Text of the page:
Outlook for commodities positive, despite near-term squalls

03 April 2023

Alexander Joshi, London UK, Head of Behavioural Finance

Key points


  • Many people tend to invest in what they know – whether that be equities, bonds or currencies – ending up with a ‘home bias’ in their portfolios
  • A home bias is driven by behavioural traits and happens when investors over-invest in familiar assets, potentially missing out on opportunities elsewhere
  • Past experiences, avoiding investments held in a foreign currency and awareness with markets closer to home can all be powerful drivers of the tendency to home bias portfolio holdings
  • The  troubles with Credit Suisse and Silicon Valley Bank in March illustrate the dangers of being too concentrated in one area of the market. By contrast, a well-diversified portfolio can help to grow risk-adjusted returns over the long run

Market commentary was dominated by discussions on the health of the global banking sector in March, which started with the collapse of a regional US bank (Silicon Valley Bank, or SVB) quickly followed by a rescue acquisition of a Swiss banking giant (Credit Suisse). It would be entirely understandable for investors to ask how this happened and seek to understand the risks of contagion.  

Recent troubles in the banking sector highlight the importance of diversification; starting from the (lack of) diversification in SVB’s client base, which probably exacerbated its troubles, to the importance of diversified portfolio holdings in the face of elevated market volatility.  

However, some investors maintain a strong preference towards what they know and understand, which can bias their portfolios towards particular types of companies, asset classes and regions.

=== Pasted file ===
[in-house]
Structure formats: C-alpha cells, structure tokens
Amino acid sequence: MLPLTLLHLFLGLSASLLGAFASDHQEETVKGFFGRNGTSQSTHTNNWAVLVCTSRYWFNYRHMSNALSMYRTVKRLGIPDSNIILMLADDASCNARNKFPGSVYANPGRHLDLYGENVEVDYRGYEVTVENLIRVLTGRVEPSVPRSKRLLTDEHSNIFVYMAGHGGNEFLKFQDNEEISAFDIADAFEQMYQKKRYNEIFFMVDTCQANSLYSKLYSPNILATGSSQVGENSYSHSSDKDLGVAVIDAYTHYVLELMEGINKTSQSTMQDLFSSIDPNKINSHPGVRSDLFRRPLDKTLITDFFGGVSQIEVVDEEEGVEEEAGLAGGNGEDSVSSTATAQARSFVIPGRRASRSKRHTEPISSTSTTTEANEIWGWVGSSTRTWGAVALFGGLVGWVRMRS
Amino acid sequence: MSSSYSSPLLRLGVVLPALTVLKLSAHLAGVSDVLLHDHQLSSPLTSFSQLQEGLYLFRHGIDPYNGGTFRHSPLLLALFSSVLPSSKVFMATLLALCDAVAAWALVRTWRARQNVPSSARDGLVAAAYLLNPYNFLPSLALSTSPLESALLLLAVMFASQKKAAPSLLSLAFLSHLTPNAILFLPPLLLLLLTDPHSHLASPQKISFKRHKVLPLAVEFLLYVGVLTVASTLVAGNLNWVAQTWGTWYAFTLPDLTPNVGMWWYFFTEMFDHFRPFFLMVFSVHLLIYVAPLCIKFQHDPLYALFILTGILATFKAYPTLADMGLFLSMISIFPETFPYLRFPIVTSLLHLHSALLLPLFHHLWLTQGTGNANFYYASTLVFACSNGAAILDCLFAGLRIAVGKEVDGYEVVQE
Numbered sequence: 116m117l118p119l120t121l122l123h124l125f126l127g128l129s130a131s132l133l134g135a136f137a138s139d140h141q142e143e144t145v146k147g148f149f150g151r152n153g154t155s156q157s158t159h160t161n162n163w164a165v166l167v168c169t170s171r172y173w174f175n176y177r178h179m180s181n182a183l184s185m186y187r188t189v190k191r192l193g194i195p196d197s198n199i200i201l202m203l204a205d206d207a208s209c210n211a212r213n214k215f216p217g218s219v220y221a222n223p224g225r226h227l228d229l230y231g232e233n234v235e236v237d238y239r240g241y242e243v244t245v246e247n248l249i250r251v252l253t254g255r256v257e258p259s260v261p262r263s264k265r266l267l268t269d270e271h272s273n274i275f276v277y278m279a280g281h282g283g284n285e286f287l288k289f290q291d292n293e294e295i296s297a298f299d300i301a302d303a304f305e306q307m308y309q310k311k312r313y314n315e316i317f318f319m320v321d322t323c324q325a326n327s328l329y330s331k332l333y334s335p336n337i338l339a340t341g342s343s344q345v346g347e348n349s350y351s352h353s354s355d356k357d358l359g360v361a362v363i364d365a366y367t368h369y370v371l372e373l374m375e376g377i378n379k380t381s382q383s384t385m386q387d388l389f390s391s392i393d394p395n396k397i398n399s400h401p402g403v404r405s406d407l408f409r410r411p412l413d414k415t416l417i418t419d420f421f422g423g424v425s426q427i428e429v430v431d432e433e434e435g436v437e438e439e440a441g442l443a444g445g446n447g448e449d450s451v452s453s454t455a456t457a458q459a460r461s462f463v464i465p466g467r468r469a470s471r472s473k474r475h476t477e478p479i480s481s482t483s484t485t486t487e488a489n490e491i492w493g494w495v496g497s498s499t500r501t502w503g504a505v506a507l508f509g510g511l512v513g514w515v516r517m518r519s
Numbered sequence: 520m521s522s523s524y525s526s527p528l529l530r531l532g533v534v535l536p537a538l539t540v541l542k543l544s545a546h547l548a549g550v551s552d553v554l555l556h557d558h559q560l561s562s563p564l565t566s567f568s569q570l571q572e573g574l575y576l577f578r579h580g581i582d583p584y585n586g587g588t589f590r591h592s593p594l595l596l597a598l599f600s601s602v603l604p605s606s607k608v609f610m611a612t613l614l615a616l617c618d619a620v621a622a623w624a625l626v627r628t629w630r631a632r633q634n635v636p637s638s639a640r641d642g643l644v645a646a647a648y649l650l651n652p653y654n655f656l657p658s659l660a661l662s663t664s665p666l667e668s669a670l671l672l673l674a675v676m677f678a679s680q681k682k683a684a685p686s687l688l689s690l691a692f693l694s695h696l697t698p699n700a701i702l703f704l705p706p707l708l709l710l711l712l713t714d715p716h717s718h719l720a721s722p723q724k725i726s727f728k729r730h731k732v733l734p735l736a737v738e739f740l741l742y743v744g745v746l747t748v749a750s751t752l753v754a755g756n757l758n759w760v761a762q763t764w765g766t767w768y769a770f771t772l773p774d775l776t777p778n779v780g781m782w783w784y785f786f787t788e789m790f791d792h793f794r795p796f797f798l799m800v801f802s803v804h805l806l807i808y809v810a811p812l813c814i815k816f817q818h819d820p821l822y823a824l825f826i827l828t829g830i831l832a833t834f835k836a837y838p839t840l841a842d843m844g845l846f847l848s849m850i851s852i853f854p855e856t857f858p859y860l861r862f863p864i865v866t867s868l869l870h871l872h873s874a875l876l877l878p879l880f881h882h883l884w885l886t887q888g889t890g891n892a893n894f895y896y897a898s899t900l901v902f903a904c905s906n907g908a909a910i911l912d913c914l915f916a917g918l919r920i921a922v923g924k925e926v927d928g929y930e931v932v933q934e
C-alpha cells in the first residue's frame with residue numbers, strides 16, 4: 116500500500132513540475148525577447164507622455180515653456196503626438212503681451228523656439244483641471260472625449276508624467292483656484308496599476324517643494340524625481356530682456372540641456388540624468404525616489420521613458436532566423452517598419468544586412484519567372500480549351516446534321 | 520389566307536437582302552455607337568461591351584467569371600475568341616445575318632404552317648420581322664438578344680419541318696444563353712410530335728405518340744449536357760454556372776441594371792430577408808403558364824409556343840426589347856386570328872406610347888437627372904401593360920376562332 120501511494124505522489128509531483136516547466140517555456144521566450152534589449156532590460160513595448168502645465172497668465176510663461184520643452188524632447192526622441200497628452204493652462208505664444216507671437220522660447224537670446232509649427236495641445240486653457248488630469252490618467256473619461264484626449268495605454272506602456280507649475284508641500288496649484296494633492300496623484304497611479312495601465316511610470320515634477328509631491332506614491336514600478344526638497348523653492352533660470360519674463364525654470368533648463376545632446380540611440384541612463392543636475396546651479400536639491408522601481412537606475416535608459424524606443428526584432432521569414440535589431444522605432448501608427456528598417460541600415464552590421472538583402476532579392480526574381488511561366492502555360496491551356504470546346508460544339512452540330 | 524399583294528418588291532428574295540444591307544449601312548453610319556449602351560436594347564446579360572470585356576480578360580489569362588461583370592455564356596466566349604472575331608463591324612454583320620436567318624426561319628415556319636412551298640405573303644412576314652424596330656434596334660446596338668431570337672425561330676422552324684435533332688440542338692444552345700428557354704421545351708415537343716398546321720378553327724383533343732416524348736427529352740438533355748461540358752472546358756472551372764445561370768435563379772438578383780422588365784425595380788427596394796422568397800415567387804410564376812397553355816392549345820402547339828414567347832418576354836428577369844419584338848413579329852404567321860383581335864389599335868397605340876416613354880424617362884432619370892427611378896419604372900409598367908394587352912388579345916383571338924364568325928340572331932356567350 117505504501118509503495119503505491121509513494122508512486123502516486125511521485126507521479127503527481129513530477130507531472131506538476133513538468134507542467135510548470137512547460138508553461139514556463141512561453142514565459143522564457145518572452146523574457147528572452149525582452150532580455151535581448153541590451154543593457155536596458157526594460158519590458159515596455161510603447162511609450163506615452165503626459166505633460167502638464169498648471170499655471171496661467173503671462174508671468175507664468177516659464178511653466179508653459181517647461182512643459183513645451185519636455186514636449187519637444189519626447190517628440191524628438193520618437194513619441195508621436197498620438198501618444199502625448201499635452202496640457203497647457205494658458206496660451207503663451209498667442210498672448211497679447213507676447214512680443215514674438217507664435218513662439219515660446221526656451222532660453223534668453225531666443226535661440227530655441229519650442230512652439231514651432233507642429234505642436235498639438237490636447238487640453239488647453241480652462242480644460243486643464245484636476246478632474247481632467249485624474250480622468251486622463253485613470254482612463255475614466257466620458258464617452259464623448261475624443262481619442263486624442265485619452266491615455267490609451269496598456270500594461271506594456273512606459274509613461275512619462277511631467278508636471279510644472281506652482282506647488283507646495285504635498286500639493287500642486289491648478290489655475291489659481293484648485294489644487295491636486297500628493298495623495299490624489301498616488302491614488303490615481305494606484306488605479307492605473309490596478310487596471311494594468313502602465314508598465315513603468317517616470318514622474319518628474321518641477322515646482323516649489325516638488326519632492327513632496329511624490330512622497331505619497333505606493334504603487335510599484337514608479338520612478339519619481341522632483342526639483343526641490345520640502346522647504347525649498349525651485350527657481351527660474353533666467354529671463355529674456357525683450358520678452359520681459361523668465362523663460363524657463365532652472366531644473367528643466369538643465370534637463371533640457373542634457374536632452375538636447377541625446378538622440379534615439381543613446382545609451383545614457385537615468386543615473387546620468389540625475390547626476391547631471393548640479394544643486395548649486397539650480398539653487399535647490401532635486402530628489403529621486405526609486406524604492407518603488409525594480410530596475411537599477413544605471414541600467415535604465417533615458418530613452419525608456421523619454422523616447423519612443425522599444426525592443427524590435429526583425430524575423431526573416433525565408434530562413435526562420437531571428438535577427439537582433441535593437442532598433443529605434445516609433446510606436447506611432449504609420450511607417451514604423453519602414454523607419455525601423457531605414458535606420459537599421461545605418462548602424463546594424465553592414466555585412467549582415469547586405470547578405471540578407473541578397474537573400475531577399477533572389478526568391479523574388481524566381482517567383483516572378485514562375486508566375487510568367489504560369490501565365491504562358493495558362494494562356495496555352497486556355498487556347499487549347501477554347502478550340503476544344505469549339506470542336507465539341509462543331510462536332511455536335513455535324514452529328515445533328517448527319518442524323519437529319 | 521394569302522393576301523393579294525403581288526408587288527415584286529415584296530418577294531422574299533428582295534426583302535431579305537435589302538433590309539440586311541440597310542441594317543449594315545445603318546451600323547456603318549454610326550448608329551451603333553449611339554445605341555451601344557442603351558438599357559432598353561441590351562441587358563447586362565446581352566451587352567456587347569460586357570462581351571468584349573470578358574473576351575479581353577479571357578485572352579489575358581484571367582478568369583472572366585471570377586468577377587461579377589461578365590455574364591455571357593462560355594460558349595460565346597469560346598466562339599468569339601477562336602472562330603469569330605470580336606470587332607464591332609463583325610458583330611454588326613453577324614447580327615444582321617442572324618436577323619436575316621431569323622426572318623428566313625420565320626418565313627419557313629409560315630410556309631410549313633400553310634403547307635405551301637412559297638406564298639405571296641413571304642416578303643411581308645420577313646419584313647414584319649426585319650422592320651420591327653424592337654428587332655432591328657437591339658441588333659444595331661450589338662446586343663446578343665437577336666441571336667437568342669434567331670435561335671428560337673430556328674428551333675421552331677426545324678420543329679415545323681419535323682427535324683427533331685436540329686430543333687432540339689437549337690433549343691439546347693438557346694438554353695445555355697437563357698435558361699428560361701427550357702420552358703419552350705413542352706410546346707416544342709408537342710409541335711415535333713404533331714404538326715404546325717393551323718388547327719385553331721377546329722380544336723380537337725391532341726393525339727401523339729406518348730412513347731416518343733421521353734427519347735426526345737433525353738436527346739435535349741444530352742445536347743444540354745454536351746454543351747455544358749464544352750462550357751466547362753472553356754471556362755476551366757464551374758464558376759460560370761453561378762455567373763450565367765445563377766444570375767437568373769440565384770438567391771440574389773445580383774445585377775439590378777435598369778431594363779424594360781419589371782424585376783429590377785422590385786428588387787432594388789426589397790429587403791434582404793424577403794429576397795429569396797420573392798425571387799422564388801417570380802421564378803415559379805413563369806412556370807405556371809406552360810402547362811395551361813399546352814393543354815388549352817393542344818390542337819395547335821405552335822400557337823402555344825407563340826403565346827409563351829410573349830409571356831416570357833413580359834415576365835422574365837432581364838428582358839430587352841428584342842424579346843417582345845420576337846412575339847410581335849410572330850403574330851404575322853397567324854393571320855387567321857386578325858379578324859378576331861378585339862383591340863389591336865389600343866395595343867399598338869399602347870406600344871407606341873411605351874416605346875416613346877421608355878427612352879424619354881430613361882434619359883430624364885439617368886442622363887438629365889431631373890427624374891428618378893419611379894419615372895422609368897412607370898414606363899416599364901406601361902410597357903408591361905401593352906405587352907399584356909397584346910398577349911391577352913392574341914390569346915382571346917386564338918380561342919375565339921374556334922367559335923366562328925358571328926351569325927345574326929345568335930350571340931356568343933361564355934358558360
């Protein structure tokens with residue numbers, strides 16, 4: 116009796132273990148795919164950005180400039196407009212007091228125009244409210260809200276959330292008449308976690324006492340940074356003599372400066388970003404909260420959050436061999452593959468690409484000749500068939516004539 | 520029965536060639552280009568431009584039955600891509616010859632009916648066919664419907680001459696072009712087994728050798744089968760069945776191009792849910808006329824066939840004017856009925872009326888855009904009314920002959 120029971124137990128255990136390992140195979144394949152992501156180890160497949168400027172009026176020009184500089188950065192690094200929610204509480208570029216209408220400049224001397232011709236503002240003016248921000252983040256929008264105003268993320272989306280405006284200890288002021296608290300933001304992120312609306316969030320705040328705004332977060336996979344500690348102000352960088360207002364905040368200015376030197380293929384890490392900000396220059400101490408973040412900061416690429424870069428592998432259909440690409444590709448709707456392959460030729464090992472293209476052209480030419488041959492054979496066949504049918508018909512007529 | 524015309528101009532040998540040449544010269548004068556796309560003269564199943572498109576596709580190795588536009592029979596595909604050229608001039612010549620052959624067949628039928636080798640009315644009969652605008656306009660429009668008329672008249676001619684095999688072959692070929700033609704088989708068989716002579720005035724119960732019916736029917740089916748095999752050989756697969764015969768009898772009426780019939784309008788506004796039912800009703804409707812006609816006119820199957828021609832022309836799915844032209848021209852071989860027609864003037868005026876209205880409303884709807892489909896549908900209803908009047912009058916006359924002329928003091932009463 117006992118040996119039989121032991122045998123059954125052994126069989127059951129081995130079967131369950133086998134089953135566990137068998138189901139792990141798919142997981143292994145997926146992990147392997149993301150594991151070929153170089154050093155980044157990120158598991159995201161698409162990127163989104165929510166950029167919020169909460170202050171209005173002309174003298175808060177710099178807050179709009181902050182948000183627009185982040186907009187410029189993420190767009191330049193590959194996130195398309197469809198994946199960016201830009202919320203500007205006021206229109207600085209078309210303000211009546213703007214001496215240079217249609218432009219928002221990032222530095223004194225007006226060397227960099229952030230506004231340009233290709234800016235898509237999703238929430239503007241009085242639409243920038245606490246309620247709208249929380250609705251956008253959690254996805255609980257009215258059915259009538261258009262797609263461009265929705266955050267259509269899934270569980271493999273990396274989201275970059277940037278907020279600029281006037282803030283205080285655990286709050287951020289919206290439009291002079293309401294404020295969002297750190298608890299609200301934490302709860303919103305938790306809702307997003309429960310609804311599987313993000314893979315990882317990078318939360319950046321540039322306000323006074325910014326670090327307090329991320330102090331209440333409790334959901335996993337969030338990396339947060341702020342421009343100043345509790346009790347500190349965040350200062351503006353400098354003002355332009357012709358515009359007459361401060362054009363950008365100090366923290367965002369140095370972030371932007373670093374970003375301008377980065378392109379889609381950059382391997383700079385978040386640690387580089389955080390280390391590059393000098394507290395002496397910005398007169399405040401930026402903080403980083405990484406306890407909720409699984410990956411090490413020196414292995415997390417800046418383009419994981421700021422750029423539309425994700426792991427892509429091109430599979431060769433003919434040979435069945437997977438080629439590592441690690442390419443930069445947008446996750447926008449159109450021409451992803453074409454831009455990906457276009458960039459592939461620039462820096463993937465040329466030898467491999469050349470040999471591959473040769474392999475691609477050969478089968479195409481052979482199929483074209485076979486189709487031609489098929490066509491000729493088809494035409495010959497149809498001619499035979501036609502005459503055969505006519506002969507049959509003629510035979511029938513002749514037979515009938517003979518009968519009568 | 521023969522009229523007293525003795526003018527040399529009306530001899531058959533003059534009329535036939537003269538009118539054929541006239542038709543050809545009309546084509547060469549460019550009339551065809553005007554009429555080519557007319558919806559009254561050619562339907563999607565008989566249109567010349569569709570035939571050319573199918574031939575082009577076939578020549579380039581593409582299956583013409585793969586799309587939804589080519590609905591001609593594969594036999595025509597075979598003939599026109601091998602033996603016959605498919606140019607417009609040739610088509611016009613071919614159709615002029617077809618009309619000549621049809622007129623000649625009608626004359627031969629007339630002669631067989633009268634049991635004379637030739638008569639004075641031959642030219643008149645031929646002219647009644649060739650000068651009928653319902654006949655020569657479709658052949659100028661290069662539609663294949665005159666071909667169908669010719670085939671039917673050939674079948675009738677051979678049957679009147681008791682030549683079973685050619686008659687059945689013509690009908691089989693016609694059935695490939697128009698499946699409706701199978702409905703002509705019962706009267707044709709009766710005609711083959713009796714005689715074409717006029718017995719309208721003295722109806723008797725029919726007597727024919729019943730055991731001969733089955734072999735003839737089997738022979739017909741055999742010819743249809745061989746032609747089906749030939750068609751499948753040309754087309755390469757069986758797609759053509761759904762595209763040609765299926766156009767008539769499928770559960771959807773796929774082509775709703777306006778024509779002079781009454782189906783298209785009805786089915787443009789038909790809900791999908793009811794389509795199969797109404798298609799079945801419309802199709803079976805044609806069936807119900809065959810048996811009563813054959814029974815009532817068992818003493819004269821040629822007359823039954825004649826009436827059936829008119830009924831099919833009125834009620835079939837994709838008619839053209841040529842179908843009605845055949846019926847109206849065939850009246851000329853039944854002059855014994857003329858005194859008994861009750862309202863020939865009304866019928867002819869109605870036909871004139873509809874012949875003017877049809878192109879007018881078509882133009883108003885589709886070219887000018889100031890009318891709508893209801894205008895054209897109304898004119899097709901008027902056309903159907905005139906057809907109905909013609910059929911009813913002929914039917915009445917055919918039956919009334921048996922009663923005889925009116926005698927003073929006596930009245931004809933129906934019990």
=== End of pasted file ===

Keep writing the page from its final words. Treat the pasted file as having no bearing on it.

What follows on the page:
This, combined with a tendency to have a general optimism for, and belief in, domestic assets, can fuel a home bias, despite the fact that international diversification can typically be positive from a risk-return perspective.

What is home bias?

Home bias involves investors disproportionally allocating more to local assets compared to their share in the global market. It is seen to varying degrees across countries and asset types, and from both individual and professional investors. 

For example, in the UK, equity home bias has been estimated to be approximately 25% of an allocation1, despite UK equities forming just 4% of the global index (see chart). These estimates vary greatly between countries.


Why do people prefer to stay home?

A key behavioural explanation for home bias is that such assets and markets tend to be more familiar, and give us a feeling of control over outcomes. Investors might attach more risk to investing abroad than is deserved simply because overseas companies are less understood.  

Another reason is our aversion to ambiguity; situations where probabilities are unknown. Past experience can also play a role; investors may think they are better at assessing domestic assets and consequently over-estimate their judgements. 

The risk of investing in another currency is also real. Many investors invest locally to trade in their home currency and avoid hedging currency exposure. As such, exhibiting a home bias may be seen as hedging against additional uncertainty. 

Geographical seperation can exacerbate biases 

In challenging market environments investors’ focus becomes more short-term and behavioural biases might hit performance. Heightened emotions sometimes make it more challenging to stick to one’s long-term investment path.  

Behavioural biases affect all investors to varying degrees. But such biases can be exacerbated for those who are further away from their investments and advisers, as unwelcome market noise can influence views on markets and subsequent actions.

It's all about the companies